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Arch Intern Med. 1999 Jul 26;159(14):1607-12.

Maternal size at birth and the development of hypertension during pregnancy: a test of the Barker hypothesis.

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Division of Epidemiology, Statistics, and Prevention Research, National Institute of Child Health and Human Development, National Institutes of Health, Bethesda, MD 20892-7510, USA.



Whether individuals who were small at birth are at increased risk of developing cardiovascular disease (the Barker hypothesis) is a topic of great controversy. Although an increased risk has been suggested by several reports, the reports have been criticized for being based on ill-defined populations, for the large numbers of subjects who were unavailable for follow-up, and for inadequate control of socioeconomic status.


To determine whether a woman's weight and gestational age at birth predict the development of hypertension during her subsequent pregnancies.


Prospective observational study.


Women born in Copenhagen, Denmark, as subjects in the Danish Perinatal Study (1959-1961) were traced through the Danish Population Register. Information was obtained on their pregnancies from 1974 to 1989.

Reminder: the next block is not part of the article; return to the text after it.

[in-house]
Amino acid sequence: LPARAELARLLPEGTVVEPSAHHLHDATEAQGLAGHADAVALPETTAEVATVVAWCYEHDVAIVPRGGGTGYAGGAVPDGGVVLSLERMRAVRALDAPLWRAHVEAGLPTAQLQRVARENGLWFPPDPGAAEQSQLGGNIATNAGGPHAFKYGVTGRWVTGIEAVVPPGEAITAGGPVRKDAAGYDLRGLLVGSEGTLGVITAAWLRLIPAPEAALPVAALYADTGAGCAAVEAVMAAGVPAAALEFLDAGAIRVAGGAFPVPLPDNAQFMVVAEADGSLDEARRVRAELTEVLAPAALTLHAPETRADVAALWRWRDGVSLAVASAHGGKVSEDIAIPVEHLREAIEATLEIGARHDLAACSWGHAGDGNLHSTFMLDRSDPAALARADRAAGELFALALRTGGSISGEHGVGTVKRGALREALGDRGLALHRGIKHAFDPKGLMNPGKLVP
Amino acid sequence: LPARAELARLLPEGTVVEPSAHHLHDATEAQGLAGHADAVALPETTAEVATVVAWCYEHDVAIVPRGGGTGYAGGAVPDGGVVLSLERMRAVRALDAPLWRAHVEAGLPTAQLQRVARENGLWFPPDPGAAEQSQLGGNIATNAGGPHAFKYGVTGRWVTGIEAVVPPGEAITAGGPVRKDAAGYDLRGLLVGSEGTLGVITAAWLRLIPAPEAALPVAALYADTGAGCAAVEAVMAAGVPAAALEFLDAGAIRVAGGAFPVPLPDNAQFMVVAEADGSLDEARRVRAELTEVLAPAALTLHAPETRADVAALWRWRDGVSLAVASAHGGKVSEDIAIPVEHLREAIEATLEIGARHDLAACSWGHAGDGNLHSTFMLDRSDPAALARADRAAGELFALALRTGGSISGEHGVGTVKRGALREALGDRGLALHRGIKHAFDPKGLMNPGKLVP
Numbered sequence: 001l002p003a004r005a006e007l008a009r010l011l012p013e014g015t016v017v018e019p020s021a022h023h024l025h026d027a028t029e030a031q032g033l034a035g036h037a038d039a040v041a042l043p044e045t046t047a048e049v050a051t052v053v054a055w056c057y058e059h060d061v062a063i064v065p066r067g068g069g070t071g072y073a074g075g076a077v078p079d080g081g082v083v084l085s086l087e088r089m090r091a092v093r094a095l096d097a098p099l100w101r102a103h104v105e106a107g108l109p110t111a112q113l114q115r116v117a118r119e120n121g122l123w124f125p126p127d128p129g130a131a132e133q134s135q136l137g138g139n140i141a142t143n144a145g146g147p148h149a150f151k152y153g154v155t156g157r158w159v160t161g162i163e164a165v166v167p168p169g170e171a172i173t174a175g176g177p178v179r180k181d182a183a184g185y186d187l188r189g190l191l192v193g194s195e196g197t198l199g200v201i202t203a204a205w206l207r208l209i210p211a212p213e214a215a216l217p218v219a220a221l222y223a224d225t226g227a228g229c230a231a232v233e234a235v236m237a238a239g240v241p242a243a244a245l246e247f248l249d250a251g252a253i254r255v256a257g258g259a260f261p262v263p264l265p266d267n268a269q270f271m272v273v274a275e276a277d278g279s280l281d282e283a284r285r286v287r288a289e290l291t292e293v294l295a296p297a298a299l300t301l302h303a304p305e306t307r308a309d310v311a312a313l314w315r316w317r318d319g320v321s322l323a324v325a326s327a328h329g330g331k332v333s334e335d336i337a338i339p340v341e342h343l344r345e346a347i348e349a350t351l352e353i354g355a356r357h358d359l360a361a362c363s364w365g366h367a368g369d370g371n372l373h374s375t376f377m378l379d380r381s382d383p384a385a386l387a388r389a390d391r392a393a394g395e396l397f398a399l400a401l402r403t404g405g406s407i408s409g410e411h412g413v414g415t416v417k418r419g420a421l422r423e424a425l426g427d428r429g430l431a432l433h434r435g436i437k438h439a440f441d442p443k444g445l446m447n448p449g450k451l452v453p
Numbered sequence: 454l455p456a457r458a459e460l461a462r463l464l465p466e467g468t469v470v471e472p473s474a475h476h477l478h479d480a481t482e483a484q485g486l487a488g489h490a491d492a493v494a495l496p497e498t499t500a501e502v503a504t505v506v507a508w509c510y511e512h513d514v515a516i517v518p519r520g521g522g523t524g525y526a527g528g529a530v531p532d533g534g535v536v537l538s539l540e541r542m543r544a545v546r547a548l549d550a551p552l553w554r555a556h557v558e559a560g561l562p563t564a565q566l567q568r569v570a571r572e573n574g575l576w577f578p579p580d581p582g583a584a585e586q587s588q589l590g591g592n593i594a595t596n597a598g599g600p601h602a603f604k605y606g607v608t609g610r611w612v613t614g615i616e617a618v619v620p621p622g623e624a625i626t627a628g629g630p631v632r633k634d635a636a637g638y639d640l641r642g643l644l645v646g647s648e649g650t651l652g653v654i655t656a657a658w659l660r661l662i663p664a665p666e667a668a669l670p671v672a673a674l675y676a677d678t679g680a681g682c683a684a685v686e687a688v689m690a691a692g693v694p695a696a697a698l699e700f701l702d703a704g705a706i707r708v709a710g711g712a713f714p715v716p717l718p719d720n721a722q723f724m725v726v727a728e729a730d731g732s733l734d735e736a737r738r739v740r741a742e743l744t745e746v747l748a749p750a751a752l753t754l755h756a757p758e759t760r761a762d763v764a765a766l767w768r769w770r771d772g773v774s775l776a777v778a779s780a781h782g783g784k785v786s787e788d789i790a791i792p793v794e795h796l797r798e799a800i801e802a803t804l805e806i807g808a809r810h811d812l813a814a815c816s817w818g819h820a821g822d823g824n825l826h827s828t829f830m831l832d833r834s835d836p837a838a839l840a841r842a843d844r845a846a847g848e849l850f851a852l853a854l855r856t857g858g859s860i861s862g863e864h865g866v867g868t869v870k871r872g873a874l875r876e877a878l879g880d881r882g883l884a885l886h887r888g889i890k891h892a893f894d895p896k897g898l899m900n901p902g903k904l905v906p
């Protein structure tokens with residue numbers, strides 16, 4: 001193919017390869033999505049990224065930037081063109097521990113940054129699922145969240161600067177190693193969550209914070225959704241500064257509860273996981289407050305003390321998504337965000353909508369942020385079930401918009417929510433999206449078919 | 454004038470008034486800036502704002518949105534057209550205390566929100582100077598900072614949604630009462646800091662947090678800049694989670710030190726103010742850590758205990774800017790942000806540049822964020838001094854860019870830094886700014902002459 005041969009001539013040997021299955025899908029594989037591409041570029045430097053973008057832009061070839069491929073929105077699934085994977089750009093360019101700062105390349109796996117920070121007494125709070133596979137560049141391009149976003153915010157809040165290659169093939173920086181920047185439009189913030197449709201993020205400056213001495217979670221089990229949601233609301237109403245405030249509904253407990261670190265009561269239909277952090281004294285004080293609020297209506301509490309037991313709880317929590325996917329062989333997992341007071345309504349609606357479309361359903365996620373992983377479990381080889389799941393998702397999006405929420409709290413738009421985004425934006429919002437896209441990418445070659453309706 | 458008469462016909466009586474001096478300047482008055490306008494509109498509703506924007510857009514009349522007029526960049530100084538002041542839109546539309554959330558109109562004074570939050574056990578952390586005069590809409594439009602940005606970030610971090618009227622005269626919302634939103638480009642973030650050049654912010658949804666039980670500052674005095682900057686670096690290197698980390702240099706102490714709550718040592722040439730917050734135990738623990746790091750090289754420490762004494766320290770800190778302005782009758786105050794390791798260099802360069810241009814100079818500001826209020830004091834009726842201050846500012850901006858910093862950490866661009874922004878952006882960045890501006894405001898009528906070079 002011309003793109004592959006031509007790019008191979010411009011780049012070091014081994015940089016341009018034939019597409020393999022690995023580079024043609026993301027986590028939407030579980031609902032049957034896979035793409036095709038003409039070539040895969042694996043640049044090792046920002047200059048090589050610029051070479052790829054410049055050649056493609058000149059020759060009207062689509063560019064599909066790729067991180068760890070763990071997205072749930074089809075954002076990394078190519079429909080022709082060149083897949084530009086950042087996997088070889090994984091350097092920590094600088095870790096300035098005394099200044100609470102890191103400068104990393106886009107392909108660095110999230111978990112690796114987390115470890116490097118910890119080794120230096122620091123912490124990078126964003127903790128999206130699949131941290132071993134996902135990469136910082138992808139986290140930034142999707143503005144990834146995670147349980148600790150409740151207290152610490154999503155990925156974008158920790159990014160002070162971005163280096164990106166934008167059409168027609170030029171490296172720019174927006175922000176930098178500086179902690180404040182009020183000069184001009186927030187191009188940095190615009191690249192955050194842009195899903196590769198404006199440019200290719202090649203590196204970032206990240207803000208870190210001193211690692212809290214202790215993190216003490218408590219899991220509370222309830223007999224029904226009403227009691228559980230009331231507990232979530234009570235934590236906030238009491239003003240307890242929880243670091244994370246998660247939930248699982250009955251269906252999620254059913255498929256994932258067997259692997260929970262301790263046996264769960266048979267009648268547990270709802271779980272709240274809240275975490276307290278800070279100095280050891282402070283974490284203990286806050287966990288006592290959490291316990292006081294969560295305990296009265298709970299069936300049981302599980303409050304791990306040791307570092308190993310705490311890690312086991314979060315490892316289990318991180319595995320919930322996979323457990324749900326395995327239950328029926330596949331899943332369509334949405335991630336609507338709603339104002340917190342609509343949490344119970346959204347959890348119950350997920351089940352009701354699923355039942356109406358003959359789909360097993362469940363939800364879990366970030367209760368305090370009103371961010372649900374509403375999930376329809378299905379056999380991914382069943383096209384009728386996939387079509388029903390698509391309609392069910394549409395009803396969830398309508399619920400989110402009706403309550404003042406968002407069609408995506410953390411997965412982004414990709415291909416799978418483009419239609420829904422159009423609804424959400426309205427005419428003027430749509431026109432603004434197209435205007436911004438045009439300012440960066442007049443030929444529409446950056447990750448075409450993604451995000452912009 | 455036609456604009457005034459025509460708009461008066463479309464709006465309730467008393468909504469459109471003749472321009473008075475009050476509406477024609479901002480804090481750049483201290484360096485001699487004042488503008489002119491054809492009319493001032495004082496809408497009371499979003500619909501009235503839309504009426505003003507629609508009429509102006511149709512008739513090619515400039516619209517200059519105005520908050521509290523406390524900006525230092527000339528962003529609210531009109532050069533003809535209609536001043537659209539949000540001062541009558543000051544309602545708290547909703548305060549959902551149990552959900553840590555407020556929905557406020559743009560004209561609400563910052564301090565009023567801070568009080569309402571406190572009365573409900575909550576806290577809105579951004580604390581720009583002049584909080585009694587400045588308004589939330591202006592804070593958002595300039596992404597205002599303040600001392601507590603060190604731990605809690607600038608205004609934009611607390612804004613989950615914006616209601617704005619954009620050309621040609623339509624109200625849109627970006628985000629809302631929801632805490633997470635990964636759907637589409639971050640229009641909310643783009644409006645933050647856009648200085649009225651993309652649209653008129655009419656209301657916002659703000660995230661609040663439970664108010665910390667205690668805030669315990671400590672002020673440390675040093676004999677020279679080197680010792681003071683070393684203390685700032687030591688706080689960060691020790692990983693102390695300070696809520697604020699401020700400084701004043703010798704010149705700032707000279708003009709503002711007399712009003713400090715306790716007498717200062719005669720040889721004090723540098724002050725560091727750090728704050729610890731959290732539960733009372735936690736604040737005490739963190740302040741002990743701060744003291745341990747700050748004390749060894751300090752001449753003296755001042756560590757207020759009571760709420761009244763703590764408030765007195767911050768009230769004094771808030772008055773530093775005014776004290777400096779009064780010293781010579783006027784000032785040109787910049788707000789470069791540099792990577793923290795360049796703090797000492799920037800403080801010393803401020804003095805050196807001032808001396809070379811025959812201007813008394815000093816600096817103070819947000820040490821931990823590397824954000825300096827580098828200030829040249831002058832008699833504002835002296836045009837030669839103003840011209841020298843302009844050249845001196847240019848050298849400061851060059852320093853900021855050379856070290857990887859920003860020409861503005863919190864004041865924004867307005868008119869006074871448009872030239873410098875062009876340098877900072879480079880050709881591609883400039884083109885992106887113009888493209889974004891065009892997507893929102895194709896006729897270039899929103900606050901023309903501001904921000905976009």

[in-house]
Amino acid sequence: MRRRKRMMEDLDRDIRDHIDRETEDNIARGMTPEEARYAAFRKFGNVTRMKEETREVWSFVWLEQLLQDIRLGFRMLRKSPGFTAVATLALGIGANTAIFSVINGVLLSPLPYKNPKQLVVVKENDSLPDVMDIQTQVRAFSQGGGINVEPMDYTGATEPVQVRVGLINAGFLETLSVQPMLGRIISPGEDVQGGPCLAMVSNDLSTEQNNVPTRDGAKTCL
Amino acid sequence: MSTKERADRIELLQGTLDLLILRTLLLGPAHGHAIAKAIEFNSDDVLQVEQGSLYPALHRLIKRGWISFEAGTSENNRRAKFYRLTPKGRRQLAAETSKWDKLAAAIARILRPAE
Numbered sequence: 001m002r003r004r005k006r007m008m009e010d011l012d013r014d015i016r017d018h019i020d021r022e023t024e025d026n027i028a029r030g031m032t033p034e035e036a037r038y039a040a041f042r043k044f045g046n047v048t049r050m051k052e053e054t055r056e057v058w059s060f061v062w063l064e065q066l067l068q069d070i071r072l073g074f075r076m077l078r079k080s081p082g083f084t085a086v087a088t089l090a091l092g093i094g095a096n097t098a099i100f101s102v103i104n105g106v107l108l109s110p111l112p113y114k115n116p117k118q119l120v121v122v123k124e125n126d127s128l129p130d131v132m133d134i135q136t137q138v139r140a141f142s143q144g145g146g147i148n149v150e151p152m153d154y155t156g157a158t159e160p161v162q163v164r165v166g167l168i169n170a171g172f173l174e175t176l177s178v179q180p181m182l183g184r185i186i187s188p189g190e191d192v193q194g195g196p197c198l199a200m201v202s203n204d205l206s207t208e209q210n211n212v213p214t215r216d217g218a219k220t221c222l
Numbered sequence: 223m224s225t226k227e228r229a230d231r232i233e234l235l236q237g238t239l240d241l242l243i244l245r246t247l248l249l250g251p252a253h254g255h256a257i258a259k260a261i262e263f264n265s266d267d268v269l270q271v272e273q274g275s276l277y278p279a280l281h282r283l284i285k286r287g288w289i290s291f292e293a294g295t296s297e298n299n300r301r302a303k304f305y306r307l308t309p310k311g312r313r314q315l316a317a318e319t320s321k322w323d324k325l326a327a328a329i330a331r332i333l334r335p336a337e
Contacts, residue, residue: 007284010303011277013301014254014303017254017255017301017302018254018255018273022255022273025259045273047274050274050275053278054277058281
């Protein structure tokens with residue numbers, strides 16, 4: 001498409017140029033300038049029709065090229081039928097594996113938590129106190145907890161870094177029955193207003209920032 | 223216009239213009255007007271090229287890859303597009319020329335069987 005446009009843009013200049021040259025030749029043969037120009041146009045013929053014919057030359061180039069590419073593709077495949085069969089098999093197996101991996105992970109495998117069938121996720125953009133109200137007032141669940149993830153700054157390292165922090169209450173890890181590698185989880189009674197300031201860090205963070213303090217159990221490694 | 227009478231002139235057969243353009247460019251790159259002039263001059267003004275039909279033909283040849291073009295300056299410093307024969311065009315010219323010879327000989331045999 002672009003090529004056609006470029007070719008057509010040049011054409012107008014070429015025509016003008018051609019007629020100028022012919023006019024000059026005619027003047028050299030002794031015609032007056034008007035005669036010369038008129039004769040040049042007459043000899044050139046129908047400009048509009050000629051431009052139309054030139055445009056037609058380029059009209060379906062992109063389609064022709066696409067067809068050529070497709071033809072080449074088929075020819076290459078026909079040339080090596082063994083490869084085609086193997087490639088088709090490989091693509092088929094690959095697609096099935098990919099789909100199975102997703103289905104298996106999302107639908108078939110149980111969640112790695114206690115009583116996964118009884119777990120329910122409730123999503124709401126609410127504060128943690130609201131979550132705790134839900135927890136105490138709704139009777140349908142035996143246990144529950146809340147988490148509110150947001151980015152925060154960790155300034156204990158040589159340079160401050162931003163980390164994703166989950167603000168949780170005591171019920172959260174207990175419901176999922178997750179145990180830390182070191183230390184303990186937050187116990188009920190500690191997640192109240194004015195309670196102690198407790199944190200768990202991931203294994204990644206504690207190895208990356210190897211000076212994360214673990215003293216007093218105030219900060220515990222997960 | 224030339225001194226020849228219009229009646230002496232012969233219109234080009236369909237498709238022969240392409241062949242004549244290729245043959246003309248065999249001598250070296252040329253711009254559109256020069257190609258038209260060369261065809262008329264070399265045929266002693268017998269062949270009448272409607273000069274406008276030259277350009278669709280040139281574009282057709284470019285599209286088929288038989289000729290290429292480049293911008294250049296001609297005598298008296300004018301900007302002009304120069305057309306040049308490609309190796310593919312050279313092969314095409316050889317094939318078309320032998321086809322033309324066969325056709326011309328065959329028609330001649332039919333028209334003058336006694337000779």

Onset of hypertension in pregnancy, defined by the presence of a systolic blood pressure of 140 mm Hg or greater or a diastolic blood pressure of 90 mm Hg or greater on 2 visits at or after 140 days' gestation.


Hypertension developed in 11.3% of the pregnant women who were small for gestational age at birth, compared with 7.2% of the pregnant women who were not small for gestational age at birth (odds ratio [OR], 1.7; 95% confidence interval [CI], 1.1-2.6), and in 9.4% of the pregnancies in women who were preterm at birth, compared with 7.6% of pregnancies in women who were not preterm at birth (OR, 1.3; 95% CI, 0.8-2.0). After adjustment for adult body mass index, smoking, birth order, and hypertension in the subjects' own mothers, the ORs for small-for-gestational-age women and preterm women to develop hypertension during pregnancy were 1.8 (95% CI, 1.1-2.8) and 1.5 (95% CI, 0.96-2.5), respectively.


These results support the Barker hypothesis, while addressing many of the methodological criticisms of previous investigations.

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